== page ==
‘no One Made A Greater Mistake Than He Who Did Nothing Because He Could Do So Little.’ Essays Examples
‘Global Warming’ – a term frequently heard in the recent days and the center of hot debates on climate and environment. On one hand we have the COP Paris meeting where world leaders convened to take a stance on climate change issues and find solutions for problems faced. Climate scientists and environmentalists are literally warning that global warming issues, if left unnoticed, will take us closer to our ‘doomsday’. The term ‘El Nino and ‘La Nina’ are being attributed to every uncommon rain, hail and sunshine. On the other hand, a fair number of people, from all walks of the society are dismissing the idea of global warming; they claim it as a hoax put forward by certain persons as a public attraction tool. So, what is the true story? Is global warming really happening? Is our climate going to face unnatural changes?
Before we jump to conclusions, we need to know that global warming is completely natural. It happens due to a phenomenon called ‘greenhouse effect’. When sunlight enters our atmosphere, gases present in it trap some energy before sunlight reaches the earth. The surface of the earth reflects back the light from its surface which on its return journey to the atmosphere again gets trapped a little in the gases. This trapped energy warms the earth just like a greenhouse and helps life to sustain on it. Now the problem is that if the ratio the ‘greenhouse gases’ (like CO2, methane, water vapor) increase in the atmosphere, the earth gets warmed up more than it is required and this causes a shift from natural climate. Man-made activities have increased this ratio. So we can confidently say that global warming is a real happening and not a concept conjured by anyone. The fact that we are able to experience summer and feel warm air is a proof for global warming. But what we need to be wary of is the excessive warming caused by human activities. The following observations compiled by climatologists show that elevated greenhouse activity has in fact changed our globe:
In the 1850’s, an approximate 4500km2 of Alps was glaciated. In 1970s the area had fallen to less than 3000km2. From 1970s to 2000, the rate of loss had increased to more than 8% per decade. In the last few decades some of the Himalayan glaciers (like the Ratakona glacier, Pindari and Milan glaciers) have got eroded or disappeared. In fact environmentalists fear that the mighty Ganges river itself would disappear due to the alarming erosion rate of its source the Gangotri glacier.
Since 1961, the average temperature of global ocean has increased to depths of 3000m and ocean has been absorbing more than 80% of the heat added to the system. This causes expansion of seas and a rise in sea levels.
Temperatures in the permafrost layer of the Arctic have increased from 1980’s by up to 3oC. Average Arctic temperatures have increased by almost twice the global average over the past 100 years. Since 1900, the frozen ground area has been decreasing by 7%. In 2002, an ice shelf called Larsen B disintegrated in a month’s time. It was about 200 m thick, and the ice that was released in this short time weighed about 720 billion tons. The collapse was attributed to the strong warming, about 0.5°C per decade. Similar losses of solid ice have been found in the Antarctic regions.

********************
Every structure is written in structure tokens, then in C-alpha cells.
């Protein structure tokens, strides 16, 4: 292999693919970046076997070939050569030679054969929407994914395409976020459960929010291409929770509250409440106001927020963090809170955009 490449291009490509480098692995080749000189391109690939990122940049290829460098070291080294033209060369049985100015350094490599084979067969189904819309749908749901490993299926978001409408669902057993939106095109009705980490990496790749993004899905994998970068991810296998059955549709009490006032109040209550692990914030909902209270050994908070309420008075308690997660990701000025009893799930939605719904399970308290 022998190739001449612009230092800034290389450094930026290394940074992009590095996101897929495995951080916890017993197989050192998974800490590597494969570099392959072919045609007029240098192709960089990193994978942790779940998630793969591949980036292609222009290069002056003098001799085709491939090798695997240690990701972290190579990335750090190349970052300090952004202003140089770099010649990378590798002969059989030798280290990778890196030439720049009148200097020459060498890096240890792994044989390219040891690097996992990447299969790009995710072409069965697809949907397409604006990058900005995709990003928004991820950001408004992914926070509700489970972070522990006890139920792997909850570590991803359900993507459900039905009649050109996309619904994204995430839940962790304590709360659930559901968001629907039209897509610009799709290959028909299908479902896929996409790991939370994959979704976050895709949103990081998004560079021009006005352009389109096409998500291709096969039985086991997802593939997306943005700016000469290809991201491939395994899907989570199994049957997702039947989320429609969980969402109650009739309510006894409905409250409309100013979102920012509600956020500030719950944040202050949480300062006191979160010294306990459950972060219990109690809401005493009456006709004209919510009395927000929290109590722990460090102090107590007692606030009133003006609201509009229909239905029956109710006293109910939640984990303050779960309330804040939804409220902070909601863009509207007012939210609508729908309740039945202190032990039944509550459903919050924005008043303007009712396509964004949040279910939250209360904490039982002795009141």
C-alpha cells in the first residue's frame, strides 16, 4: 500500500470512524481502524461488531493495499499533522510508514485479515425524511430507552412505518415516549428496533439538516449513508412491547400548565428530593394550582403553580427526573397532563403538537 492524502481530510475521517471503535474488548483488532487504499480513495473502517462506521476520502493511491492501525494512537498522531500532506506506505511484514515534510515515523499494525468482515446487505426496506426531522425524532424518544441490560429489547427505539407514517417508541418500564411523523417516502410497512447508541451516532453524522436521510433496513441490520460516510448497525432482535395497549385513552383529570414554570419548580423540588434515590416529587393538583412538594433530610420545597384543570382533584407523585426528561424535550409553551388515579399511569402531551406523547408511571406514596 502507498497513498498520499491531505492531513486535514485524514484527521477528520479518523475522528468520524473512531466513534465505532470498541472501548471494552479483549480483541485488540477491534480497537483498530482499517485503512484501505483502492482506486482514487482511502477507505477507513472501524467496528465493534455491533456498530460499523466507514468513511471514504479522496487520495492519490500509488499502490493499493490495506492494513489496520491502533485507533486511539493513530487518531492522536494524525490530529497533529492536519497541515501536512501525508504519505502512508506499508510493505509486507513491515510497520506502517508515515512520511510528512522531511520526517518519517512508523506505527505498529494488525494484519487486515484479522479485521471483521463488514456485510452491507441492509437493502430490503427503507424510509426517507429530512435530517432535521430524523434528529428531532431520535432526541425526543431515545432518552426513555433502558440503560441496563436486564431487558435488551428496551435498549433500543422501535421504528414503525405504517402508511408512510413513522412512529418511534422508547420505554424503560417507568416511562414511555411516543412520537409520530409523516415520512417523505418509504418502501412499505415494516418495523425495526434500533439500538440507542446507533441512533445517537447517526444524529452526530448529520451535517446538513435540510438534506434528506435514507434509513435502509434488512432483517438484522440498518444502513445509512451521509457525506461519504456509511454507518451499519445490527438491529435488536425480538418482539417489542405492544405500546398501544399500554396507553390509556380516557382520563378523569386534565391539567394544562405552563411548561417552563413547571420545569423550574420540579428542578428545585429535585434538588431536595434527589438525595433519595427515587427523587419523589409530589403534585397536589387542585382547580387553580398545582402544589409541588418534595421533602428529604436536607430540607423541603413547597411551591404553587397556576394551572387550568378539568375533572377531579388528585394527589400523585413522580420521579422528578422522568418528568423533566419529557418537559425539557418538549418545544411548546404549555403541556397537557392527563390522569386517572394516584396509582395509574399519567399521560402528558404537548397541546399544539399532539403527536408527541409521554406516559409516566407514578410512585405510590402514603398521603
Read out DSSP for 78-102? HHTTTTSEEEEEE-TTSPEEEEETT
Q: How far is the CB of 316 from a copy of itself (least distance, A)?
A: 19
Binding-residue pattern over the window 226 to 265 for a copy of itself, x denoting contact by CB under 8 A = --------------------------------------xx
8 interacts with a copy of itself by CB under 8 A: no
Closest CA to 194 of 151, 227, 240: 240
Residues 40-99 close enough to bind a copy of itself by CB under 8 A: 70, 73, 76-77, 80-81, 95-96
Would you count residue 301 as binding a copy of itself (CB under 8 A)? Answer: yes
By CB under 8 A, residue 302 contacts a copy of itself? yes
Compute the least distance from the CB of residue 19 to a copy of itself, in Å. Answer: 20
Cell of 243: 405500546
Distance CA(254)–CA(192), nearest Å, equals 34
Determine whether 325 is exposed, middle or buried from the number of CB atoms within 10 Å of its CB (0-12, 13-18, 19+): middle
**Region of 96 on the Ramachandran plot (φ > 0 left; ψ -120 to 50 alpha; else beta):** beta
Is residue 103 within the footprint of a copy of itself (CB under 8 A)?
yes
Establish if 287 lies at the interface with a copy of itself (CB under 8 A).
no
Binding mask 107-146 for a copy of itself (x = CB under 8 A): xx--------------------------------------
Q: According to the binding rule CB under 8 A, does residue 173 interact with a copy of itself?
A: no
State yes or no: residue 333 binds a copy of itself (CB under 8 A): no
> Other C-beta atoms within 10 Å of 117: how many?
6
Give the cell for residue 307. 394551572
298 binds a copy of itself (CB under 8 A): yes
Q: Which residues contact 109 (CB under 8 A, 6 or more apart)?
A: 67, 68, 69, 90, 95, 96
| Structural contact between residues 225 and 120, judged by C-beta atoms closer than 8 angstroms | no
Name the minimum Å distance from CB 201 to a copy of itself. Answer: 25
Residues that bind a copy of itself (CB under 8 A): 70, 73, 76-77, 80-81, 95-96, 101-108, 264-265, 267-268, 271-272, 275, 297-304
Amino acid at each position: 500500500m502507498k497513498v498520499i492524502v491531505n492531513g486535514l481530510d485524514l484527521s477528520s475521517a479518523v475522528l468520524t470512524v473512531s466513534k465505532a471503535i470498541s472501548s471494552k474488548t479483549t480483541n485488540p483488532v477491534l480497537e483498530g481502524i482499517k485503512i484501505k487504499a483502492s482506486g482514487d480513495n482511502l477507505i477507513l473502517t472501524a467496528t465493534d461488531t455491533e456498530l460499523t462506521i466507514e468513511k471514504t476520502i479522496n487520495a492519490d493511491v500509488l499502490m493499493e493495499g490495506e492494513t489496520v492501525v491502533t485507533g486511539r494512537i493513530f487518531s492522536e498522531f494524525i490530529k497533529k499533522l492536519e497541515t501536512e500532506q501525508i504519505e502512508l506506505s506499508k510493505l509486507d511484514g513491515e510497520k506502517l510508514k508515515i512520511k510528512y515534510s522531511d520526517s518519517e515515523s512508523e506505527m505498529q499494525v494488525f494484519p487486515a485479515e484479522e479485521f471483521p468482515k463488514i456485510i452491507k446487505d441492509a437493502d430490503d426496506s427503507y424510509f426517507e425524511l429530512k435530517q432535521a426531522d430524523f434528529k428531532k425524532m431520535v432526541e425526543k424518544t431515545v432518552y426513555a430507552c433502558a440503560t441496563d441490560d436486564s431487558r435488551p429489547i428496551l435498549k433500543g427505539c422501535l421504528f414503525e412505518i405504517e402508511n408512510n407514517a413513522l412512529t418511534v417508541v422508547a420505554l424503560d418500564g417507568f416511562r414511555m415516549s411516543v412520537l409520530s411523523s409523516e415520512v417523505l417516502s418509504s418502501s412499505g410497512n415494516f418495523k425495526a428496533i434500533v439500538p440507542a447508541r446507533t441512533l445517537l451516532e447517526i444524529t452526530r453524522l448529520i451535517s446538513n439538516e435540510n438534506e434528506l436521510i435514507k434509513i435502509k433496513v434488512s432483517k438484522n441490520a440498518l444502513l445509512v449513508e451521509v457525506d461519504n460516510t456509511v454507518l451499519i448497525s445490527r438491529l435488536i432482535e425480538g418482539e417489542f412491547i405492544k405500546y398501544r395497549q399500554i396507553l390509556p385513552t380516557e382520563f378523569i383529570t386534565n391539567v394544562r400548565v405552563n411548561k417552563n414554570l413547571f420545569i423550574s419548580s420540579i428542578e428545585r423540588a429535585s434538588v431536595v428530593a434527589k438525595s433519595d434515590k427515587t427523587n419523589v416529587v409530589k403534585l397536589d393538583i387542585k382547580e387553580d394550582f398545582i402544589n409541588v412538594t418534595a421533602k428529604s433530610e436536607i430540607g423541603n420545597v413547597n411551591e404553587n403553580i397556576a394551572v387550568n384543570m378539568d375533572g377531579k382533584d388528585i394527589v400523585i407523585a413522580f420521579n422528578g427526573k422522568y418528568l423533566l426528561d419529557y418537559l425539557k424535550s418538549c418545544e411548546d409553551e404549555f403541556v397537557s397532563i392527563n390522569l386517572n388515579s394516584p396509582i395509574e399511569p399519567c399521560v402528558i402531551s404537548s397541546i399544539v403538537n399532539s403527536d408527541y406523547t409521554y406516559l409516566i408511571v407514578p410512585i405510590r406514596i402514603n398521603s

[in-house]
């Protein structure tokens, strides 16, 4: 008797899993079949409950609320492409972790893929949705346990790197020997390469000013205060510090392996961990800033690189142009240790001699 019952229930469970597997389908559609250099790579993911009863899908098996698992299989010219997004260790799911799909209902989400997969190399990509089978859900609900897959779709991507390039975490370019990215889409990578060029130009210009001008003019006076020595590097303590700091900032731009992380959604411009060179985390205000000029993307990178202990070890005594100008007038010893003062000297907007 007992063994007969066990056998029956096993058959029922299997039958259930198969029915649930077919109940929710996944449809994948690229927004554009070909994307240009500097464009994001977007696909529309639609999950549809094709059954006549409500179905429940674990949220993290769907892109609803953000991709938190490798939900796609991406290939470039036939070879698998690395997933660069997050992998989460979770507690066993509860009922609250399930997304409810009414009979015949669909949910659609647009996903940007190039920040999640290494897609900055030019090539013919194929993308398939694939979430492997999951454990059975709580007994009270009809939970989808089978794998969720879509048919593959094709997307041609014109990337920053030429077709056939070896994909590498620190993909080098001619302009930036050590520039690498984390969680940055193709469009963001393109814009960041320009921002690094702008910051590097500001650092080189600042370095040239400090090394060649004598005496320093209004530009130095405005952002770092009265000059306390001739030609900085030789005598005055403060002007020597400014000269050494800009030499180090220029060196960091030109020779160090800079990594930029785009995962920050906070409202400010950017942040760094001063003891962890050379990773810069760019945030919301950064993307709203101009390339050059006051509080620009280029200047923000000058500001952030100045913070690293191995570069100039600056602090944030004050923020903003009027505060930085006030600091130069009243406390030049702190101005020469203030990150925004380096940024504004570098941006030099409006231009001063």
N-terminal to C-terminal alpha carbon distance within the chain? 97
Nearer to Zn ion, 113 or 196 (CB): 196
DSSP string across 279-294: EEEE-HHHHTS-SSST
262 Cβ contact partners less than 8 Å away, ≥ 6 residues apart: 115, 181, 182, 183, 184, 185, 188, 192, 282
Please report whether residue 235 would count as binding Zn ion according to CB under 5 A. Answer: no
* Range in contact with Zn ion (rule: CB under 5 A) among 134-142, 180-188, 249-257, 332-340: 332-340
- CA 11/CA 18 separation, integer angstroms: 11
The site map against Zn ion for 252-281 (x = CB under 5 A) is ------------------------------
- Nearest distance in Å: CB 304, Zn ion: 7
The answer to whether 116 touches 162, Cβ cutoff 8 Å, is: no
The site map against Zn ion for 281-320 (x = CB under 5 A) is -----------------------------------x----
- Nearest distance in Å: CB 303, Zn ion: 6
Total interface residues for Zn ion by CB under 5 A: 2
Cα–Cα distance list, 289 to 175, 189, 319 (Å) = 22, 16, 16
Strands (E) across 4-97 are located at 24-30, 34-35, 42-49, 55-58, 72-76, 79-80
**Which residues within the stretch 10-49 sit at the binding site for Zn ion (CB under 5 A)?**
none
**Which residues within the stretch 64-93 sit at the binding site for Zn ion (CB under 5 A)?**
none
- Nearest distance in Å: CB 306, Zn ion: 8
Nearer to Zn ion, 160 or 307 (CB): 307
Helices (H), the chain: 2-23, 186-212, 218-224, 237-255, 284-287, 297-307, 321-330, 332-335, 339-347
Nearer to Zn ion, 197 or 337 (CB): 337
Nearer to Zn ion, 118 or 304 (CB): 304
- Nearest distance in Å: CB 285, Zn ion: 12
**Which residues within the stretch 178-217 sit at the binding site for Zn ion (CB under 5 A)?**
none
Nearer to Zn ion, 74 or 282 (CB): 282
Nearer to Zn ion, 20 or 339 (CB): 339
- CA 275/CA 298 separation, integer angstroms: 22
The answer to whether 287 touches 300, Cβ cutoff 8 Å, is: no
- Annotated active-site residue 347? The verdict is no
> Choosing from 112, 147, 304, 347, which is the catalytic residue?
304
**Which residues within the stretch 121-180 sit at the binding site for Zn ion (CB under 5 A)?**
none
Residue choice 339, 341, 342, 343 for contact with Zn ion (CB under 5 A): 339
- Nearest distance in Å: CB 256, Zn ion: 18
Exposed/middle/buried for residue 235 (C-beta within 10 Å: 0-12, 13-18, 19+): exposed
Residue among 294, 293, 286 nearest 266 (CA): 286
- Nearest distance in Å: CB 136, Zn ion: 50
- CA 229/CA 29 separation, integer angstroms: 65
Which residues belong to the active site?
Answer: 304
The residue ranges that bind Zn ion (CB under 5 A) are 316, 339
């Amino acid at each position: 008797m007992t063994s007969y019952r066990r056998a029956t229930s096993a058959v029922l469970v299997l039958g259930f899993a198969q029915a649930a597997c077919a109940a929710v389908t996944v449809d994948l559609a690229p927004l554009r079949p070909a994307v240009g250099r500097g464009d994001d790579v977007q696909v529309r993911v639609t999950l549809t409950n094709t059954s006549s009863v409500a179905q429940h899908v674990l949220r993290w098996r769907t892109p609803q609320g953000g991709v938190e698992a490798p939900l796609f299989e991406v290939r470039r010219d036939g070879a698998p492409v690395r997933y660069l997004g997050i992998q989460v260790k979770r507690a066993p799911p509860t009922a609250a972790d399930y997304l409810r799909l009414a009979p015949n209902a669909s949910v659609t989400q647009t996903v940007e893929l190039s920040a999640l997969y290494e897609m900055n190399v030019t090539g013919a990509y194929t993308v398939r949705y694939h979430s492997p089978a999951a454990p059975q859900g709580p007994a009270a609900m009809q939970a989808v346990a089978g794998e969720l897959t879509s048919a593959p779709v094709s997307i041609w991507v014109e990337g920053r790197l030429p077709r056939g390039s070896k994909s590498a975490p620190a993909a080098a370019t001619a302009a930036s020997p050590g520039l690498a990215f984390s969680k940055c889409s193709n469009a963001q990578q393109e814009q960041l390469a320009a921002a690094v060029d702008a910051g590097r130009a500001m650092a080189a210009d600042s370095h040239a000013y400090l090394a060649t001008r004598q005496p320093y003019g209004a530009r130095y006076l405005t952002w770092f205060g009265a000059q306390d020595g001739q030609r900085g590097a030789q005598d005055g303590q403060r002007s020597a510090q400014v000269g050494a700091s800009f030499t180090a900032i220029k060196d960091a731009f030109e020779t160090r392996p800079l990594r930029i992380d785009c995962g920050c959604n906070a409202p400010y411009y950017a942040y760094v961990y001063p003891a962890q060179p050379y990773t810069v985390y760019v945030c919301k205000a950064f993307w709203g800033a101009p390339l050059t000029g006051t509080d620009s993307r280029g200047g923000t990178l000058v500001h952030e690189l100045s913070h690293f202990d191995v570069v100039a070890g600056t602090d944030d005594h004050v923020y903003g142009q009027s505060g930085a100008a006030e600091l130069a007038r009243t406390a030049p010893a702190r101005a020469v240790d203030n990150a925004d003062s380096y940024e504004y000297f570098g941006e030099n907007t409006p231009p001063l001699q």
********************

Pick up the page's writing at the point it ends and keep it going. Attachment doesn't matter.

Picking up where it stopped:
Coral reefs bleach when water becomes warm. The Great Barrier Reef in Australia suffered extensive bleaching in 2002 when the water temperature was higher than normal. A quarter of the world’s coral reefs are permanently lost every year due to warm sea waters.
The migration patterns of various species of birds and animals have changed. The journal ‘Global Change Biology’ published articles in 2007 that related the migration patterns to climatic change. For example, in Scotland, butterflies arrived 8 days earlier than they did
30 years before the study. Birds nested as much as 10 days earlier. The scientists examined 125 000 studies involving 561 species in European countries from 1971 to 2000. The study showed that 78% of all leafing, flowering, and fruiting were happening earlier in the year.
All the above observations point out that global warming is indeed taking place at a slow rate, but enough to trigger changes in the environment. Skeptics of global warming argue that they have not felt any warm climate and hence it is must be a myth. Their argument is that the data presented is not relevant. Partly, this resistance stems due to the over-exaggeration about global warming. It must be mentioned that global warming has always been happening; it may not have been felt in certain places because the climatic change data did not reach statistically significant levels until now. But in a few decades, as climatologists predict, the effects may become disastrous. Hence it is always better to take precautionary measures to safeguard ourselves without panicking. As Prof. Bjorn Lomborg says, it is time to take a sensible stand on the issue rather than feeling terrorized and proclaiming the end of the world. Carbon consumptions must be cut down, new protocols must be drawn; these should be done in parallel with other pressing issues such as poverty, droughts, starvation and medical issues such as malaria and HIV/AIDS. Also, the interests and needs of all the nations must be taken into consideration. Prevention should consider sustainable development, and not be at the cost of development. Because as British Parliamentarian Edmund Burke said,
something must be done.
Houghton, John. Global Warming The Complete Briefing. Third ed. New York: Cambridge UP, 2004. Print.
Lomborg, Bjorn. Cool It: The Skeptical Environmentalist's Guide to Global Warming. First ed. New York: Alfred A. Knopf, 2007. Print.
Watts, Robert G. Global Warming and the Future of the Earth. San Rafael, Calif.: Morgan & Claypool, 2007. Print.